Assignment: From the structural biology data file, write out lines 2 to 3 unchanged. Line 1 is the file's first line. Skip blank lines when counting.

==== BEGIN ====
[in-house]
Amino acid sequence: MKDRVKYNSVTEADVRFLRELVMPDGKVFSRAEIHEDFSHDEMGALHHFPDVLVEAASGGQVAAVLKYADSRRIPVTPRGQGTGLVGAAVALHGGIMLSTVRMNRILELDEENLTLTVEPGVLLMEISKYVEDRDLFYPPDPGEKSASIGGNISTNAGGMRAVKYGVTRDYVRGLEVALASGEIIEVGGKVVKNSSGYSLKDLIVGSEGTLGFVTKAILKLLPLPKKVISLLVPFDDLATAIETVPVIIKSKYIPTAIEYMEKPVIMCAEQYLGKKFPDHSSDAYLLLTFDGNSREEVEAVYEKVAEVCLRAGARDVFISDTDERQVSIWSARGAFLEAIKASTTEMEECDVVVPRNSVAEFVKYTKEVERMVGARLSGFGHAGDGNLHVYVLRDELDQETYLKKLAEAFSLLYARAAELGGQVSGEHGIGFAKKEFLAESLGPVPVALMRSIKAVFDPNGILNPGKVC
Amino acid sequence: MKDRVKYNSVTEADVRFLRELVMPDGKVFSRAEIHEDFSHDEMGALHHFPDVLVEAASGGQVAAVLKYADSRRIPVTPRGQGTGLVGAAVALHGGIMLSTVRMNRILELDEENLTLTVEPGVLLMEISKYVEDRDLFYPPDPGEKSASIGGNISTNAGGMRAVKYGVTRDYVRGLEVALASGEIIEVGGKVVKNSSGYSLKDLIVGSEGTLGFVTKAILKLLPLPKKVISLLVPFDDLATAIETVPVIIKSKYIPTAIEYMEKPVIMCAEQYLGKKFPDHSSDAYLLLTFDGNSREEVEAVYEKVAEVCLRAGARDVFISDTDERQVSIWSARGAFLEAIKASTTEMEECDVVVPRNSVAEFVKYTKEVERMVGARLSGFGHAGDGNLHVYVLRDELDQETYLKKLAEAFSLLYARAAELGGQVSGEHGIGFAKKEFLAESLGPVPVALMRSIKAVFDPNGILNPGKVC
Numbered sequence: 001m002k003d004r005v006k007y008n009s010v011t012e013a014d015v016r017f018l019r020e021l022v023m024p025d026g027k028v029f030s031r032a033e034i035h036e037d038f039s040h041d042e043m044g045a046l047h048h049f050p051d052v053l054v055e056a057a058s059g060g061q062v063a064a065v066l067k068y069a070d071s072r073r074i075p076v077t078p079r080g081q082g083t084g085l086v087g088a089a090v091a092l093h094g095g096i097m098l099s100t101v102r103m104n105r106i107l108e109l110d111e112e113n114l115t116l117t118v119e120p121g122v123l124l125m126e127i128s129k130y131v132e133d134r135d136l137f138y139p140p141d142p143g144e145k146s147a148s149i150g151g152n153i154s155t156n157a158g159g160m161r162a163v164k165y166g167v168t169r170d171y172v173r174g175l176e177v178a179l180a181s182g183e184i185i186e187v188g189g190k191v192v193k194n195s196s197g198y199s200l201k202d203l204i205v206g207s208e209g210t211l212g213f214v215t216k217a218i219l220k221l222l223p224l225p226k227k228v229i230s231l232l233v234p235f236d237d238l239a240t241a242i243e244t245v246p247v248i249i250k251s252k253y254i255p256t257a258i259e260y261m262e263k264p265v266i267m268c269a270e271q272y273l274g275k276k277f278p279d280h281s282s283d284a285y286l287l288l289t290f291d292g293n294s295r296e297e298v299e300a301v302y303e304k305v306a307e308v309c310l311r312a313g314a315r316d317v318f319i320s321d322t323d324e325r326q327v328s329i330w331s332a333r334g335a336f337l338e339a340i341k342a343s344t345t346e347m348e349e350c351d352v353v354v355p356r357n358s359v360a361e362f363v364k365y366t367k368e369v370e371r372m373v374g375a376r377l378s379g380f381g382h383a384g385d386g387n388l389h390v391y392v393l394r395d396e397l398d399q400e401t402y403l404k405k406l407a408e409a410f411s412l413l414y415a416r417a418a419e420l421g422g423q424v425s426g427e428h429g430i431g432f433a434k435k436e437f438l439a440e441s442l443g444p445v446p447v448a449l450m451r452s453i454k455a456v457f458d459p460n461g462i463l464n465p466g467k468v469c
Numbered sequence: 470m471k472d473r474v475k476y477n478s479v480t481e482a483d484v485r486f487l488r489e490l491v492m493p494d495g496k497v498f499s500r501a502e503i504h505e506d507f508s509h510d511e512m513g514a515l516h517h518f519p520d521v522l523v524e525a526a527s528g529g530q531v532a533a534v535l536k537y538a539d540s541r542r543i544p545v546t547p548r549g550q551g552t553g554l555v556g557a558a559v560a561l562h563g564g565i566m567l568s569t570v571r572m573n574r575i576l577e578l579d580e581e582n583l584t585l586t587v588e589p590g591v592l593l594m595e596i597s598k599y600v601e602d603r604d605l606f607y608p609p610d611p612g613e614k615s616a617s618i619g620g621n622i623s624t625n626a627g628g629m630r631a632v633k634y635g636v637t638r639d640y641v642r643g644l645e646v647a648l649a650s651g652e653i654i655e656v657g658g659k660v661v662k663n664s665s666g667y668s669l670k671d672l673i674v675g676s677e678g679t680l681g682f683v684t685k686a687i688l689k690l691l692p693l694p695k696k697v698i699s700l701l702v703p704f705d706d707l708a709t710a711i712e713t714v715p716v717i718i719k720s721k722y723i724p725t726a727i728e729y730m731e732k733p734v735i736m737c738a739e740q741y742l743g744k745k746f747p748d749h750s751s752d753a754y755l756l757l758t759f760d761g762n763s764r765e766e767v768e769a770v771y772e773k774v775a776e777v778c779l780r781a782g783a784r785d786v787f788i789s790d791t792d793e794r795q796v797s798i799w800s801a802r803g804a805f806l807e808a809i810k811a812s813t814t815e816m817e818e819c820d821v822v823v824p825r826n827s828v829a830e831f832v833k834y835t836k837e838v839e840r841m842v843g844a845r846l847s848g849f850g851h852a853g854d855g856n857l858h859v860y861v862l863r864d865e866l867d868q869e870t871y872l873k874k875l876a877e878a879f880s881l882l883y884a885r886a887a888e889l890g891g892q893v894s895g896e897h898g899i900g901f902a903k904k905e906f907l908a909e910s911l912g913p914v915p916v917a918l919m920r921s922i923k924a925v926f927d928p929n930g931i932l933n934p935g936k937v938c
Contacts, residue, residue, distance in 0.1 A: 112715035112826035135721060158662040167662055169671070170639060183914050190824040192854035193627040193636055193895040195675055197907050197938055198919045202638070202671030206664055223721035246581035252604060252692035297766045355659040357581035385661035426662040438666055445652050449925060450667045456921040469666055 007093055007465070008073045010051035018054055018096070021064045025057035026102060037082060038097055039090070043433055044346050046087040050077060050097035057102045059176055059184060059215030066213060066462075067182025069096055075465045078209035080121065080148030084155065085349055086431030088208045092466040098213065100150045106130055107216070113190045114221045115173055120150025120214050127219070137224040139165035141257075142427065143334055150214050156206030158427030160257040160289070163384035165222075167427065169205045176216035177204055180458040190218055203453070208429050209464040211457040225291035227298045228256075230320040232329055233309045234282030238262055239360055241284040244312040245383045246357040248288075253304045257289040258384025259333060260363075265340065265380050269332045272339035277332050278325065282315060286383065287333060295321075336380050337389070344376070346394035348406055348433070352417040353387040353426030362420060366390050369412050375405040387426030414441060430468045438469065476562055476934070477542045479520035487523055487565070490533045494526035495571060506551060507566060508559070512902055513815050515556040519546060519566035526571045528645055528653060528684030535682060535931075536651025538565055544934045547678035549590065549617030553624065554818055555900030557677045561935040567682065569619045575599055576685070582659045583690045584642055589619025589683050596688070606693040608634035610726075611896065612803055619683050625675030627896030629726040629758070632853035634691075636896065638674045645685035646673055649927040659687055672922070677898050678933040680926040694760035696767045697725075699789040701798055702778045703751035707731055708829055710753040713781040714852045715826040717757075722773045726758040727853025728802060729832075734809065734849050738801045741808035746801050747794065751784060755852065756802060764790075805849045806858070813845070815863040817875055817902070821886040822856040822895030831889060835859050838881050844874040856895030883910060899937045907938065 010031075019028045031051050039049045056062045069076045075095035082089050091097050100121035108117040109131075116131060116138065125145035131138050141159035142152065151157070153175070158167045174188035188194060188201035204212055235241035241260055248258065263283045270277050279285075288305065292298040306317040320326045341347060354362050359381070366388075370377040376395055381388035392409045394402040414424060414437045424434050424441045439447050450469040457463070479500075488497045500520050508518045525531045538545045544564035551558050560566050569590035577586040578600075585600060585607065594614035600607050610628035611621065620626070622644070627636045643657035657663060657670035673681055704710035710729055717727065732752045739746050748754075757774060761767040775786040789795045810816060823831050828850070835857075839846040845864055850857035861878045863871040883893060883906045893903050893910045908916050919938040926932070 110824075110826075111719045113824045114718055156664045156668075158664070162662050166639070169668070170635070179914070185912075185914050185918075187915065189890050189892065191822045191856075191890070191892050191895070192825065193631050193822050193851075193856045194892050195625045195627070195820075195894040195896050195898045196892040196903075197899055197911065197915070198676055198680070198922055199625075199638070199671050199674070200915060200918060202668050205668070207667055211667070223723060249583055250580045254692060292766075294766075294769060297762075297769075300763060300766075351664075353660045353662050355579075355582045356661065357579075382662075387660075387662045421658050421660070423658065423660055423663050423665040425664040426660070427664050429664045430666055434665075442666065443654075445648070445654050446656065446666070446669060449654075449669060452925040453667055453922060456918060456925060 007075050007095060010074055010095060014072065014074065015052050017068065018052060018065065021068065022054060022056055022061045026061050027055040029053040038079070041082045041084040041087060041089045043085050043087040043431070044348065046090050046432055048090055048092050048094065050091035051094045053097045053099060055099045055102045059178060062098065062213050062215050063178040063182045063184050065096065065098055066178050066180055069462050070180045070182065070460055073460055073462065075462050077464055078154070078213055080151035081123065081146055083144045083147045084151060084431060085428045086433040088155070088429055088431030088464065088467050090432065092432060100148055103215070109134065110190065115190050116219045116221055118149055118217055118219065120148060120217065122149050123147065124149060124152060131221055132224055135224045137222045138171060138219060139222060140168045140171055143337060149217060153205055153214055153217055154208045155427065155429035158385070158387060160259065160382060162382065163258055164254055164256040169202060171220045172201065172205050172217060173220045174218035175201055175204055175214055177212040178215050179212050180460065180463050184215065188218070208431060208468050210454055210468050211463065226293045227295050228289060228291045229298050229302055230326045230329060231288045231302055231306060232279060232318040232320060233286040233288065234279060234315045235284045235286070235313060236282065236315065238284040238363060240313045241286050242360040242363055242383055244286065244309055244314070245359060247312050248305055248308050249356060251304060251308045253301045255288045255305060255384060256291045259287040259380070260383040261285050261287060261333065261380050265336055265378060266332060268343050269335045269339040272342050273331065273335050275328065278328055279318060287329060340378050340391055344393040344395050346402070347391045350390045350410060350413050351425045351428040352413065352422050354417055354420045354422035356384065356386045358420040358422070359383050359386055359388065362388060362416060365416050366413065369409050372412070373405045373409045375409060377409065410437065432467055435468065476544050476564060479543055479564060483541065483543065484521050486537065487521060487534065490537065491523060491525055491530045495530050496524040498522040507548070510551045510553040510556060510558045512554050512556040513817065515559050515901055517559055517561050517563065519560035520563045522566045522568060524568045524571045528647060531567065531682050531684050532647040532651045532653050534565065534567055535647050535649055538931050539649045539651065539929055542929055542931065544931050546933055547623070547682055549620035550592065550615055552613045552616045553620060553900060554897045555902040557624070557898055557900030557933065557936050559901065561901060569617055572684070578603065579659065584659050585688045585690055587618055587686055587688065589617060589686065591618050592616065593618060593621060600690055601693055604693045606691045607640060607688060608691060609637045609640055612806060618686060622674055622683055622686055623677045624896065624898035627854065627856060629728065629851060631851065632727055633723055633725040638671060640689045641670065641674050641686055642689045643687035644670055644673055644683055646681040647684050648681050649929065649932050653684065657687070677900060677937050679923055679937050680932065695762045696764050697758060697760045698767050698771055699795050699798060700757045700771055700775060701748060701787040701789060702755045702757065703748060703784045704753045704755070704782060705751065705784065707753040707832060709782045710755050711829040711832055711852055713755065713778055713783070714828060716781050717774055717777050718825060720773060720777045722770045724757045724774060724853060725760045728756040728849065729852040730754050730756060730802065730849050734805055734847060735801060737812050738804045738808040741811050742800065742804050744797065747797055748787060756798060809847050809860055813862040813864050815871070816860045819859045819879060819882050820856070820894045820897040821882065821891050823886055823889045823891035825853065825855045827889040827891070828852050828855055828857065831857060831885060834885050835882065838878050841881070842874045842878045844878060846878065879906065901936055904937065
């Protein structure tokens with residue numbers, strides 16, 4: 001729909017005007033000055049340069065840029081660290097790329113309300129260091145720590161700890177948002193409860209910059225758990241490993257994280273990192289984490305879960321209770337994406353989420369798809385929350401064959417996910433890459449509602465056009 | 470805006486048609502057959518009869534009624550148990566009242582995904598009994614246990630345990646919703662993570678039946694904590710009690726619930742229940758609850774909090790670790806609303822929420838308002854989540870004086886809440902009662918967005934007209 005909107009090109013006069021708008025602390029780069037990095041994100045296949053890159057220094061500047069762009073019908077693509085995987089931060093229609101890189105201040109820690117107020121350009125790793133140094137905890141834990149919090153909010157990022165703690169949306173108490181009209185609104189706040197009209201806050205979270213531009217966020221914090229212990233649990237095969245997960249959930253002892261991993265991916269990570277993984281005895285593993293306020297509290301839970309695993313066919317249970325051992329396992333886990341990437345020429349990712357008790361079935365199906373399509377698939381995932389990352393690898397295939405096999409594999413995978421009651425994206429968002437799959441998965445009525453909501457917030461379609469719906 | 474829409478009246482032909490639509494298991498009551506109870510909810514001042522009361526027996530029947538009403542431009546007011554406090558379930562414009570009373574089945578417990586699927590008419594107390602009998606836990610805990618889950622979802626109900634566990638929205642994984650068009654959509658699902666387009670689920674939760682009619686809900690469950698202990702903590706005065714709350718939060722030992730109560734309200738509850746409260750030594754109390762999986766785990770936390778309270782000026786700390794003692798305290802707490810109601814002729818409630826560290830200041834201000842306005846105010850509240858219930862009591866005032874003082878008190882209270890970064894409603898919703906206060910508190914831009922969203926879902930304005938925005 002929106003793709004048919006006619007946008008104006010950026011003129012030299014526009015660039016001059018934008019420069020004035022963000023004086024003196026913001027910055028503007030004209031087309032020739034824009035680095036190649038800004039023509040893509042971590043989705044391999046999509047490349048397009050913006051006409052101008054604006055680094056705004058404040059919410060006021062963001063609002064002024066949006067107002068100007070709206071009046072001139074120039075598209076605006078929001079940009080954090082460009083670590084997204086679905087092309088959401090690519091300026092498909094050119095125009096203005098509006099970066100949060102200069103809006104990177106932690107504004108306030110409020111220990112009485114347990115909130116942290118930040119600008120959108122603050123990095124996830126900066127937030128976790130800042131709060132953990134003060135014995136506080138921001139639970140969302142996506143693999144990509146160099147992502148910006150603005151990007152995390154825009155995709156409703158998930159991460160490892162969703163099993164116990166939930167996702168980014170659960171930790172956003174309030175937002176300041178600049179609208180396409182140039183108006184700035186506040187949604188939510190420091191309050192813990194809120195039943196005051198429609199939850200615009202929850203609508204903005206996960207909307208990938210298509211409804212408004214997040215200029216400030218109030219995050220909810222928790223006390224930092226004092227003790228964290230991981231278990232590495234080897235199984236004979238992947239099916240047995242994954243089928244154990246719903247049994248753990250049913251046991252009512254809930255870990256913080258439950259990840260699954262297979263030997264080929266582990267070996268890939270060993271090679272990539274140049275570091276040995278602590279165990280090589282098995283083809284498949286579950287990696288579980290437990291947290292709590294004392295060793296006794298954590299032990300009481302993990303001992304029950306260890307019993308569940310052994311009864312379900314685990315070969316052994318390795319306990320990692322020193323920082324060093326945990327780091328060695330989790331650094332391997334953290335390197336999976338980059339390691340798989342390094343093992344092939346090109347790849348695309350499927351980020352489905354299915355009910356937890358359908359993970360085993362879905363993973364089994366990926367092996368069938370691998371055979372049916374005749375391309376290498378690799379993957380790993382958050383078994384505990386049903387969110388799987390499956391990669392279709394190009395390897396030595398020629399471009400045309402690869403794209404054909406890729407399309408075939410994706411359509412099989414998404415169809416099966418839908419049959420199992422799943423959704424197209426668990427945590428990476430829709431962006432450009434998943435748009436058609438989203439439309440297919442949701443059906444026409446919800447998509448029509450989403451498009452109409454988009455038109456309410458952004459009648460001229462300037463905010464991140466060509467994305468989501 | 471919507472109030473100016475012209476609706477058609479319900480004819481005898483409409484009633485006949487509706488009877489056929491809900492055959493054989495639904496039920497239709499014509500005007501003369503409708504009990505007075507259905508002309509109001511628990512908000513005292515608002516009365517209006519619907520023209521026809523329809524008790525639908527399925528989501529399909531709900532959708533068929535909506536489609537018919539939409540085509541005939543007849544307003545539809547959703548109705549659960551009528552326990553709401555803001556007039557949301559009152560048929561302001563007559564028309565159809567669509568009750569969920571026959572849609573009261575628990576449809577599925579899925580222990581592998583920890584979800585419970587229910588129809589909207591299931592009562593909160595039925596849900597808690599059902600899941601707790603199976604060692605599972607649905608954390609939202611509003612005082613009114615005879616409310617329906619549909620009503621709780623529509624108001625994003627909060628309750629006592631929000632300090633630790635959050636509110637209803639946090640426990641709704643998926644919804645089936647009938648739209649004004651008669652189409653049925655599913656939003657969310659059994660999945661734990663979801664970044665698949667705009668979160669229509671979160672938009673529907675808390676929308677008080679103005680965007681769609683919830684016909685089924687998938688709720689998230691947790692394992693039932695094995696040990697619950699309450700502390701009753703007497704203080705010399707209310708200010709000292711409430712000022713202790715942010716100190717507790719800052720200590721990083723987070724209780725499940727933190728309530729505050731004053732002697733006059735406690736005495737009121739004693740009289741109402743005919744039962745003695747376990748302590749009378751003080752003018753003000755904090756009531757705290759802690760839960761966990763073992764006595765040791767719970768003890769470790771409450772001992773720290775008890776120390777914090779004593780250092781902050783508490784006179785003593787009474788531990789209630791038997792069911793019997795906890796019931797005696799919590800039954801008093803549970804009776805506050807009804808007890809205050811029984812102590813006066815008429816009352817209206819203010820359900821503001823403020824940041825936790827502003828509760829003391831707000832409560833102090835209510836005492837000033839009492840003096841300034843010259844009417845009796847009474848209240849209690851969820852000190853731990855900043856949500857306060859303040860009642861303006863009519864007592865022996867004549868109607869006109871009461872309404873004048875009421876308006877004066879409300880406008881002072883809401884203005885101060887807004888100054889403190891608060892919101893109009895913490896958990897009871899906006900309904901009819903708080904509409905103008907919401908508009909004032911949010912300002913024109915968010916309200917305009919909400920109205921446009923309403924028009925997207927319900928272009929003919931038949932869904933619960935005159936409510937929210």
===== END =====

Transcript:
Amino acid sequence: MKDRVKYNSVTEADVRFLRELVMPDGKVFSRAEIHEDFSHDEMGALHHFPDVLVEAASGGQVAAVLKYADSRRIPVTPRGQGTGLVGAAVALHGGIMLSTVRMNRILELDEENLTLTVEPGVLLMEISKYVEDRDLFYPPDPGEKSASIGGNISTNAGGMRAVKYGVTRDYVRGLEVALASGEIIEVGGKVVKNSSGYSLKDLIVGSEGTLGFVTKAILKLLPLPKKVISLLVPFDDLATAIETVPVIIKSKYIPTAIEYMEKPVIMCAEQYLGKKFPDHSSDAYLLLTFDGNSREEVEAVYEKVAEVCLRAGARDVFISDTDERQVSIWSARGAFLEAIKASTTEMEECDVVVPRNSVAEFVKYTKEVERMVGARLSGFGHAGDGNLHVYVLRDELDQETYLKKLAEAFSLLYARAAELGGQVSGEHGIGFAKKEFLAESLGPVPVALMRSIKAVFDPNGILNPGKVC
Amino acid sequence: MKDRVKYNSVTEADVRFLRELVMPDGKVFSRAEIHEDFSHDEMGALHHFPDVLVEAASGGQVAAVLKYADSRRIPVTPRGQGTGLVGAAVALHGGIMLSTVRMNRILELDEENLTLTVEPGVLLMEISKYVEDRDLFYPPDPGEKSASIGGNISTNAGGMRAVKYGVTRDYVRGLEVALASGEIIEVGGKVVKNSSGYSLKDLIVGSEGTLGFVTKAILKLLPLPKKVISLLVPFDDLATAIETVPVIIKSKYIPTAIEYMEKPVIMCAEQYLGKKFPDHSSDAYLLLTFDGNSREEVEAVYEKVAEVCLRAGARDVFISDTDERQVSIWSARGAFLEAIKASTTEMEECDVVVPRNSVAEFVKYTKEVERMVGARLSGFGHAGDGNLHVYVLRDELDQETYLKKLAEAFSLLYARAAELGGQVSGEHGIGFAKKEFLAESLGPVPVALMRSIKAVFDPNGILNPGKVC